Senate IPEC Hearing Discusses China and Bad Medicine, Ignores Past Crackdowns on Legitimate Sites
Senate IPEC Hearing Discusses China and Bad Medicine, Ignores Past Crackdowns on Legitimate Sites
Senate IPEC Hearing Discusses China and Bad Medicine, Ignores Past Crackdowns on Legitimate Sites

    Get Involved Today

    On May
    9, 2012 the Senate Judiciary Committee held an oversight hearing of the Office
    of the Intellectual Property Enforcement Coordinator (IPEC) with Victoria
    Espinel as the sole witness.  This
    position coordinates the work done by different government agencies to combat
    intellectual property theft.  The May 9
    hearing was the committee’s third oversight hearing on IP enforcement.  The hearing was nothing to write home about,
    which was unfortunate for a few reasons. 
    First of all, it was primarily a Democratic Senatorial event.  Senator Chuck Grassley (R-IA), the
    committee’s Ranking Member was the only Republican senator present, and he left
    after his opening statement.  The other
    senators present apart from Grassley and Chairman Leahy (D-VT) were retiring
    Senator Herb Kohl (D-WI), Chris Coons (D-DE), Al Franken (D-MN), and Sheldon
    Whitehouse (D-RI).  Second, the two stars
    of the show were counterfeit pharmaceuticals and China.  Senators wanted to know how was IPEC
    addressing the problem of counterfeit medications and what specific commitments
    did IPEC hope to receive from China to enforce trade secret theft.  The hour-long hearing can be succinctly
    summarized with Espinel arguing for more funding and stating that having more
    US personnel overseas cultivating working relationships with foreign law
    enforcement is what the US needs most to combat IP theft.

    more important than what the senators and Ms. Espinel discussed during the
    hearing was that which was not discussed, namely the issue of US-based
    companies and websites having their first amendment rights violated through
    government agencies such as Immigration and Customs Enforcement (ICE) via the Recording
    Industry Association of America (RIAA). 
    The best example of this violation is the US-based company, a
    music blog that features material from mainstream and up and coming artists,
    whose areas include technology, videos, and gaming.  For over a year the government blocked and
    redirected Dajaz1 to an ICE seizure page with no explanation.  Court records from this case were recently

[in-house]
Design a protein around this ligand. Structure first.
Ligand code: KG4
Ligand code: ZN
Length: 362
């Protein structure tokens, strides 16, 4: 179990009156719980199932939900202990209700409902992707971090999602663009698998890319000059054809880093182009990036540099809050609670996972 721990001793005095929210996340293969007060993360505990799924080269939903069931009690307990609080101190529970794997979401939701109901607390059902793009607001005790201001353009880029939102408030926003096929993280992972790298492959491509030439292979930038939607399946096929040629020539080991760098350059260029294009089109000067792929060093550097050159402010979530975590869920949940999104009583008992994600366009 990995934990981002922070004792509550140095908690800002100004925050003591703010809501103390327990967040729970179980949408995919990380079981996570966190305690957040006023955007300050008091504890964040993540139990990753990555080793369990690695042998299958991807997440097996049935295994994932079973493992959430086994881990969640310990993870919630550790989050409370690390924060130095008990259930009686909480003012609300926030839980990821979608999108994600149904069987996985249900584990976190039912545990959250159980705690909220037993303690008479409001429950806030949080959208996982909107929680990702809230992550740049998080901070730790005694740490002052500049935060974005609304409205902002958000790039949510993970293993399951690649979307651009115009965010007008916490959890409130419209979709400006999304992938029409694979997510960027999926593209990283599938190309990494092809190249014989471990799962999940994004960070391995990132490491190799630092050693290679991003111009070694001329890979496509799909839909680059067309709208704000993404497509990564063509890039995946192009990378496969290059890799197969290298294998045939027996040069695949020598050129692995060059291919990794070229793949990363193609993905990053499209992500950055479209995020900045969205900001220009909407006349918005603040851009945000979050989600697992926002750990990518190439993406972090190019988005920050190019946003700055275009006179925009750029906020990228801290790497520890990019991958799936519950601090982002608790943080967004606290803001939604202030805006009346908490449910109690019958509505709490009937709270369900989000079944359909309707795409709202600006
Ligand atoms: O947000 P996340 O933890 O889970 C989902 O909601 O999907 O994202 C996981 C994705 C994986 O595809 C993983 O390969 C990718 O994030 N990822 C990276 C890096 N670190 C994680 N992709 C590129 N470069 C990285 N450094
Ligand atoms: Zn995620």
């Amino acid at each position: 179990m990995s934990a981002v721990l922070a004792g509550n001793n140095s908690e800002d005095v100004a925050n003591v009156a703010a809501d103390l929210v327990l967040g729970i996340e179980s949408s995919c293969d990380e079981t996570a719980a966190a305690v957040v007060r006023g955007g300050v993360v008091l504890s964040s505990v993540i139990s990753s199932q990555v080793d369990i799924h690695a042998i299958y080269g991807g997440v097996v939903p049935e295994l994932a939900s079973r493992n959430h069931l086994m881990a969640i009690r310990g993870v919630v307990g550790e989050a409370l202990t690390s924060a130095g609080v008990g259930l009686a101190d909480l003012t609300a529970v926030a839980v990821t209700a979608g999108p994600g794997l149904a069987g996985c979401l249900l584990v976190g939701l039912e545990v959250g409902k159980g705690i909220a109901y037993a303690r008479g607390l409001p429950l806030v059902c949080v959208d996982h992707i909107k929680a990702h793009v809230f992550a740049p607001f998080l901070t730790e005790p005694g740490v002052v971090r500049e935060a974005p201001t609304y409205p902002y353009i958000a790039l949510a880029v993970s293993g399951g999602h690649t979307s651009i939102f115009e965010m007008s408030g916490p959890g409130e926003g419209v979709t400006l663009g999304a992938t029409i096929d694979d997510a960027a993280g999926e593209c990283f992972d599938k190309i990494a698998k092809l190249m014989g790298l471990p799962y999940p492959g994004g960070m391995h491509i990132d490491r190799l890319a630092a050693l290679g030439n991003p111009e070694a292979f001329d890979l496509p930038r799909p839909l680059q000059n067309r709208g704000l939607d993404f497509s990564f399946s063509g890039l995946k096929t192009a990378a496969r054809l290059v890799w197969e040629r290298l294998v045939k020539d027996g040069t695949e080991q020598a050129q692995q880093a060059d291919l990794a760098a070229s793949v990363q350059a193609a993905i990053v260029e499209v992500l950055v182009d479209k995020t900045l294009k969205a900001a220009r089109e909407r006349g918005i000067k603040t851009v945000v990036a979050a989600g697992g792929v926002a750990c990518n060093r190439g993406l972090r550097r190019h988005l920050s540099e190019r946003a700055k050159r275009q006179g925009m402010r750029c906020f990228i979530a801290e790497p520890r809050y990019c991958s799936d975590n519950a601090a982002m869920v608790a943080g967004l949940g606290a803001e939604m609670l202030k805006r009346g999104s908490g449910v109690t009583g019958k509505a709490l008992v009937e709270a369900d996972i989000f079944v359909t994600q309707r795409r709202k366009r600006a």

released showing that one of the main reasons Dajaz1 remained censored for so
    long was because the government obtained three time extensions while waiting
    for rights holders and the RIAA to evaluate the infringing content.  However, according to Dajaz1 owner Andre
    Nasib, the artists and record companies (rights holders) had sent him the songs for promotional purposes.  Furthermore, the RIAA and the government refused
    to answer Congressional inquiries about this case
    .  So essentially, the federal government went
    after a US-based website over content the owner was permitted to have, all
    because the RIAA wanted the government to do so.  Ultimately, ICE unblocked Dajaz1 with no
    explanation or apology

    Knowledge has previously
    voiced concern
    over the threat existing laws pose to innovation and freedom
    of speech.  Among the numerous reasons PK
    and others opposed the Protect IP Act (PIPA) and the Stop Online Piracy Act
    (SOPA) was that there were already laws on the books that targeted copyright
    infringers, sometimes overreaching through their implementation.  It is unfortunate that the Senate Judiciary
    Committee failed to address this overreach in its IP enforcement oversight hearing.  It is also troubling to see Senators
    continue to insist upon legislation
    combatting IP theft despite the outcry
    from the American public during the SOPA/PIPA debacle.  The time spent in the oversight hearing would
    have been better utilized with a serious discussion about how IPEC, the federal
    government, and future legislation should protect American (online)
    intellectual property without restricting the innovation and free expression
    that make it great.